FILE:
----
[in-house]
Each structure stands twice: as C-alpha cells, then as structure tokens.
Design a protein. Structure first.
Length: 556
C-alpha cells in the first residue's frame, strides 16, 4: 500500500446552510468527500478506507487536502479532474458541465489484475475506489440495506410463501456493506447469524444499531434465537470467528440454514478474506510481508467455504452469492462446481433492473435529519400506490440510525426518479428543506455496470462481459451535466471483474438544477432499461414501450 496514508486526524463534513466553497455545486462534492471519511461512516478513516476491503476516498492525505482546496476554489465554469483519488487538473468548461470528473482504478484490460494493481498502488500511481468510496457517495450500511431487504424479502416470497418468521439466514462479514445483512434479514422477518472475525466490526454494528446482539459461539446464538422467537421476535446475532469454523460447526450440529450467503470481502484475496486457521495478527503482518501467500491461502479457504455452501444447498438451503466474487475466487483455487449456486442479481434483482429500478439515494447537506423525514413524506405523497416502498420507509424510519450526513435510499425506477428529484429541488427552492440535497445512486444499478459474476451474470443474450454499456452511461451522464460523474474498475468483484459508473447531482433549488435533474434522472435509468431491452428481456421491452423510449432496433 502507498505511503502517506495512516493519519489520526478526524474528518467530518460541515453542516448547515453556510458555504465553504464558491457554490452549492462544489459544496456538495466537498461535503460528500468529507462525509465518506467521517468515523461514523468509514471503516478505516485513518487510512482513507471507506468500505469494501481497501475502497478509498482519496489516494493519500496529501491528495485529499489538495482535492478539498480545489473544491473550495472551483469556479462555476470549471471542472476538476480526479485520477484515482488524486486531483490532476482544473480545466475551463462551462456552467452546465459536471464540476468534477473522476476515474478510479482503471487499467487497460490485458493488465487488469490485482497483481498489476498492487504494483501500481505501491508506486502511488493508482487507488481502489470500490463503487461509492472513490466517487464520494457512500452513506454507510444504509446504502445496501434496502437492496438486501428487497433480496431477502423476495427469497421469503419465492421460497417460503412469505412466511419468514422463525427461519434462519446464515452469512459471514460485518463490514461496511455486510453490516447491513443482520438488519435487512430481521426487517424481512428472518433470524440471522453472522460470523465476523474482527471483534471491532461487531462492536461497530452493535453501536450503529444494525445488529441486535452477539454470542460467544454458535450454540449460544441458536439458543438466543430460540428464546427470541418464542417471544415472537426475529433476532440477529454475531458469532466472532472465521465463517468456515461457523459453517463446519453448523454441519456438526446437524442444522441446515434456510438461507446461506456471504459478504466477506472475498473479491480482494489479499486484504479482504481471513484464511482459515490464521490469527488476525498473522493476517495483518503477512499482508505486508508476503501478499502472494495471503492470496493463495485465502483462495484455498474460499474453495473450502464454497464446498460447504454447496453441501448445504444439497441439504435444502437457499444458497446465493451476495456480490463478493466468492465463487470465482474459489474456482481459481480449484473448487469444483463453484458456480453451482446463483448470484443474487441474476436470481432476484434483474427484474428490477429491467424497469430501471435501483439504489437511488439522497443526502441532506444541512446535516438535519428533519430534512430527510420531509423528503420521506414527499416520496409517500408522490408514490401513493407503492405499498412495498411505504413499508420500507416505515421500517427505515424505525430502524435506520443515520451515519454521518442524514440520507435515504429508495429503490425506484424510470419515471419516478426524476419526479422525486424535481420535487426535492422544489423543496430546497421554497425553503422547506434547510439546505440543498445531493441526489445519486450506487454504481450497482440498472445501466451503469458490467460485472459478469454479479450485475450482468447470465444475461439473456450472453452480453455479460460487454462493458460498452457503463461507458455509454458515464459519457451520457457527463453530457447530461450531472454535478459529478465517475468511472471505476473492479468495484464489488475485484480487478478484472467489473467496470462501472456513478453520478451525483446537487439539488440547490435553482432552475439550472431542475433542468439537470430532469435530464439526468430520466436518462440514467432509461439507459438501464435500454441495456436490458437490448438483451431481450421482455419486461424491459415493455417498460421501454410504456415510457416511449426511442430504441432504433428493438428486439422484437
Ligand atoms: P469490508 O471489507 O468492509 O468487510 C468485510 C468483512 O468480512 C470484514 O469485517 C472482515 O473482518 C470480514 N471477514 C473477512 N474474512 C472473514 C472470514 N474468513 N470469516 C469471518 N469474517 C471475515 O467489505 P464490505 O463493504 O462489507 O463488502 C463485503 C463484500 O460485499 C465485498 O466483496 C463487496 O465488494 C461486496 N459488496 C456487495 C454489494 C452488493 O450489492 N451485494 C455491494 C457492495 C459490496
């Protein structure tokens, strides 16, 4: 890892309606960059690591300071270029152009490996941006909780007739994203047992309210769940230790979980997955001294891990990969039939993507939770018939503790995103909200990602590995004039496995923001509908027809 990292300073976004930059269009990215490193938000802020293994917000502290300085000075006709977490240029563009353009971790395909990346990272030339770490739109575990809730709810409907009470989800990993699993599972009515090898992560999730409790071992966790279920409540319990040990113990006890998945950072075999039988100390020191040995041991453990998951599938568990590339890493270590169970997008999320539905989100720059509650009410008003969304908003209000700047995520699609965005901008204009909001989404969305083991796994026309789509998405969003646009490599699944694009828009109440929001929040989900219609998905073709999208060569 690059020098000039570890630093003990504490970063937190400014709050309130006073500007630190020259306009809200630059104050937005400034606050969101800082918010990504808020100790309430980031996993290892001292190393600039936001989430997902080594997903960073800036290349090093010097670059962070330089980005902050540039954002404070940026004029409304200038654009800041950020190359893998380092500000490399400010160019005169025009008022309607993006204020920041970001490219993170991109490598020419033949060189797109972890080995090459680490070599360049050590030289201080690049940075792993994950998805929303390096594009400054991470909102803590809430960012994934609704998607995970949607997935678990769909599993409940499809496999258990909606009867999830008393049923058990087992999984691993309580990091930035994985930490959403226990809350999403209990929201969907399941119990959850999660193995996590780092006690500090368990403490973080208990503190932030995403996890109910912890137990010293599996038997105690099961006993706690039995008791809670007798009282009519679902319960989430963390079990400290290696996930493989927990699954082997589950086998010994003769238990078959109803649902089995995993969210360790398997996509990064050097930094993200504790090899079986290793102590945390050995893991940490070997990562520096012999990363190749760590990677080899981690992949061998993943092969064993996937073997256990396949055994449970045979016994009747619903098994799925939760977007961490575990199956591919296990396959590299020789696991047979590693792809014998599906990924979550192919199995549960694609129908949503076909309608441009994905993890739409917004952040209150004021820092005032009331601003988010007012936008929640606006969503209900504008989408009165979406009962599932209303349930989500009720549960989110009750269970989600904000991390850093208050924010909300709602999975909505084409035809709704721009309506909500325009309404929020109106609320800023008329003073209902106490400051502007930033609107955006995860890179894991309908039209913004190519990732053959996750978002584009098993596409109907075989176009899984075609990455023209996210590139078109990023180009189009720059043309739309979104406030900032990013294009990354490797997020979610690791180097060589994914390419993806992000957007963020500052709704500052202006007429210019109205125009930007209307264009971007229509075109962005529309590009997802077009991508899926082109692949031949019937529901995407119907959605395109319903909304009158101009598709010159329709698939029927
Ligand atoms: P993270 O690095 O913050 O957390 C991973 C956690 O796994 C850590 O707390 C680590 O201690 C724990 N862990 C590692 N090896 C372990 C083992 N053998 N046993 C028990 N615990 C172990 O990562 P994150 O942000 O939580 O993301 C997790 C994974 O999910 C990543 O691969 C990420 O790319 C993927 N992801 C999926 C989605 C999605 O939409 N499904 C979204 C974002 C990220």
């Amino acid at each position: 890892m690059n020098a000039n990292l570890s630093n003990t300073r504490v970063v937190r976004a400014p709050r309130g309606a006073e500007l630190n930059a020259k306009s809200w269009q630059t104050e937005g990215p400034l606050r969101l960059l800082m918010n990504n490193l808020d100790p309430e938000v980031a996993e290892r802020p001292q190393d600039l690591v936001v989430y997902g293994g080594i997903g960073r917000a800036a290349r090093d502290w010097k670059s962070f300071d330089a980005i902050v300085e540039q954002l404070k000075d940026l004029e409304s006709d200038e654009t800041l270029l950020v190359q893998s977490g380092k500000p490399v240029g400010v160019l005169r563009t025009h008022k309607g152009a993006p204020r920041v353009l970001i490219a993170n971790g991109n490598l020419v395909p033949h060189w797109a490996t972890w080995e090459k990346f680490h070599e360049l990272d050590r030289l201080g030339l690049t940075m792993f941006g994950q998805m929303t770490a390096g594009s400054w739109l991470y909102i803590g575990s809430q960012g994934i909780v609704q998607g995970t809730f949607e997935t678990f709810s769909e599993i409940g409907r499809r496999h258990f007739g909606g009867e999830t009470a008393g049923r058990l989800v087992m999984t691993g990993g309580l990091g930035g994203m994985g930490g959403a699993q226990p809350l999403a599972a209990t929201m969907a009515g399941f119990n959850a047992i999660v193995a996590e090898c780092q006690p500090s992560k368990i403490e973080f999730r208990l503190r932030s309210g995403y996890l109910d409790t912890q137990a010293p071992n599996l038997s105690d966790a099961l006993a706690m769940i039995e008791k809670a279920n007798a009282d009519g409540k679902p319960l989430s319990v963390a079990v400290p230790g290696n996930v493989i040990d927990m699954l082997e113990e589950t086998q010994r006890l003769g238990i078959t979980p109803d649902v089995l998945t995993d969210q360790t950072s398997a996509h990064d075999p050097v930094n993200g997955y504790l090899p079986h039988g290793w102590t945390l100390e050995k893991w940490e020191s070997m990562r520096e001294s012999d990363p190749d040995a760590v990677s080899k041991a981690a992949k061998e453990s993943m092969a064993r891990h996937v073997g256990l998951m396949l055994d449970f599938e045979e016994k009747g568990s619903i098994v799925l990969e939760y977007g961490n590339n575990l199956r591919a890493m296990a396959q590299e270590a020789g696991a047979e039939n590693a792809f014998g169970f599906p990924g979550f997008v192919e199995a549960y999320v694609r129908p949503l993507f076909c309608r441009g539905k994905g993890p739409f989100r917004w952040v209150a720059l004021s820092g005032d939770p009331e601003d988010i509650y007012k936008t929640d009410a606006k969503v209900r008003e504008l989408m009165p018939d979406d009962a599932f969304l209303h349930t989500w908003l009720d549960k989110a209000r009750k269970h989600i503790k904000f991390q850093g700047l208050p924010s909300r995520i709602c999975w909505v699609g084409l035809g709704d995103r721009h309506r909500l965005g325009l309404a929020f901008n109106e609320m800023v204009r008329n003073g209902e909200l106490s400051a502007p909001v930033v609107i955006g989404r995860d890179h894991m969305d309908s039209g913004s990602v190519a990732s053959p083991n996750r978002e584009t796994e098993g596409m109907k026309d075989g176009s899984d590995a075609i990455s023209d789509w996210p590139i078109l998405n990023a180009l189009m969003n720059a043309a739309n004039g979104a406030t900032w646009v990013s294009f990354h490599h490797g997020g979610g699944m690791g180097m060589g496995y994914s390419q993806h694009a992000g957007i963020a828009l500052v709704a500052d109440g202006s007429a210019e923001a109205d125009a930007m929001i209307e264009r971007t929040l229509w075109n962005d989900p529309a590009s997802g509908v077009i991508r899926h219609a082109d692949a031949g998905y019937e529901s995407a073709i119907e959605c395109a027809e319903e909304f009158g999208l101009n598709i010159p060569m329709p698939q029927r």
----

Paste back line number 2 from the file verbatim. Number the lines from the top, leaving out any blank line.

Each structure stands twice: as C-alpha cells, then as structure tokens.